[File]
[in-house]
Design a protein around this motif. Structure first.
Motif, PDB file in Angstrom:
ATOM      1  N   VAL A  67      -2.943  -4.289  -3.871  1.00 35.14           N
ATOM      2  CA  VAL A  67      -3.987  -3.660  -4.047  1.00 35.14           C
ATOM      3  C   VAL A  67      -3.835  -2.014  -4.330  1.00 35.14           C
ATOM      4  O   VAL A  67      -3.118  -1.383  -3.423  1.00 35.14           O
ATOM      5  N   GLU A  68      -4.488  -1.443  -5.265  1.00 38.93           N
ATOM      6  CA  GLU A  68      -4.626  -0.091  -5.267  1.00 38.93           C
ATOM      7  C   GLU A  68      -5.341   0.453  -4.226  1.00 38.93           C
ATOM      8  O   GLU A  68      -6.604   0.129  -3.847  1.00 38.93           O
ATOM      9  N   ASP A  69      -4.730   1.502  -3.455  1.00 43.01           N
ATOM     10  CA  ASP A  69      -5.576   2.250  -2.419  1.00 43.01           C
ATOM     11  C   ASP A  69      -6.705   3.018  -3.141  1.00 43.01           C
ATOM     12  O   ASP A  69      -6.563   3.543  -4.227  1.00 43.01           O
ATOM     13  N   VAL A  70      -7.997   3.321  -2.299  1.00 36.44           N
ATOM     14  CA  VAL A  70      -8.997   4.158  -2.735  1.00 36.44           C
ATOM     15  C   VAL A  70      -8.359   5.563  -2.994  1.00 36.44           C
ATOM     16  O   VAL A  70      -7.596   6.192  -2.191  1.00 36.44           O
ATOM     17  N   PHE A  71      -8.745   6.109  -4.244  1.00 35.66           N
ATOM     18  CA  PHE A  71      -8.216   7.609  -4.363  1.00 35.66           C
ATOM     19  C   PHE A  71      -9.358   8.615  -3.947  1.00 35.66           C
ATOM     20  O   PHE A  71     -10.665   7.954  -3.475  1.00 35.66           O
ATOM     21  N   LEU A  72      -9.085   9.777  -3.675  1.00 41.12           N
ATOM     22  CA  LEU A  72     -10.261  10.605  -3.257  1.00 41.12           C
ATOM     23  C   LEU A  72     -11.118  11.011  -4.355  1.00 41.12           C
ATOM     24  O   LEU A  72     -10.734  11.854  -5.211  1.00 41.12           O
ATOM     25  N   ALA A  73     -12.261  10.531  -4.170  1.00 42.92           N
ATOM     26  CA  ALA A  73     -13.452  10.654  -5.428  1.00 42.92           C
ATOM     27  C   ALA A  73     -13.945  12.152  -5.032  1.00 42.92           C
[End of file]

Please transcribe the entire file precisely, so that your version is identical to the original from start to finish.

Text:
[in-house]
Design a protein around this motif. Structure first.
Motif, PDB file in Angstrom:
ATOM      1  N   VAL A  67      -2.943  -4.289  -3.871  1.00 35.14           N
ATOM      2  CA  VAL A  67      -3.987  -3.660  -4.047  1.00 35.14           C
ATOM      3  C   VAL A  67      -3.835  -2.014  -4.330  1.00 35.14           C
ATOM      4  O   VAL A  67      -3.118  -1.383  -3.423  1.00 35.14           O
ATOM      5  N   GLU A  68      -4.488  -1.443  -5.265  1.00 38.93           N
ATOM      6  CA  GLU A  68      -4.626  -0.091  -5.267  1.00 38.93           C
ATOM      7  C   GLU A  68      -5.341   0.453  -4.226  1.00 38.93           C
ATOM      8  O   GLU A  68      -6.604   0.129  -3.847  1.00 38.93           O
ATOM      9  N   ASP A  69      -4.730   1.502  -3.455  1.00 43.01           N
ATOM     10  CA  ASP A  69      -5.576   2.250  -2.419  1.00 43.01           C
ATOM     11  C   ASP A  69      -6.705   3.018  -3.141  1.00 43.01           C
ATOM     12  O   ASP A  69      -6.563   3.543  -4.227  1.00 43.01           O
ATOM     13  N   VAL A  70      -7.997   3.321  -2.299  1.00 36.44           N
ATOM     14  CA  VAL A  70      -8.997   4.158  -2.735  1.00 36.44           C
ATOM     15  C   VAL A  70      -8.359   5.563  -2.994  1.00 36.44           C
ATOM     16  O   VAL A  70      -7.596   6.192  -2.191  1.00 36.44           O
ATOM     17  N   PHE A  71      -8.745   6.109  -4.244  1.00 35.66           N
ATOM     18  CA  PHE A  71      -8.216   7.609  -4.363  1.00 35.66           C
ATOM     19  C   PHE A  71      -9.358   8.615  -3.947  1.00 35.66           C
ATOM     20  O   PHE A  71     -10.665   7.954  -3.475  1.00 35.66           O
ATOM     21  N   LEU A  72      -9.085   9.777  -3.675  1.00 41.12           N
ATOM     22  CA  LEU A  72     -10.261  10.605  -3.257  1.00 41.12           C
ATOM     23  C   LEU A  72     -11.118  11.011  -4.355  1.00 41.12           C
ATOM     24  O   LEU A  72     -10.734  11.854  -5.211  1.00 41.12           O
ATOM     25  N   ALA A  73     -12.261  10.531  -4.170  1.00 42.92           N
ATOM     26  CA  ALA A  73     -13.452  10.654  -5.428  1.00 42.92           C
ATOM     27  C   ALA A  73     -13.945  12.152  -5.032  1.00 42.92           C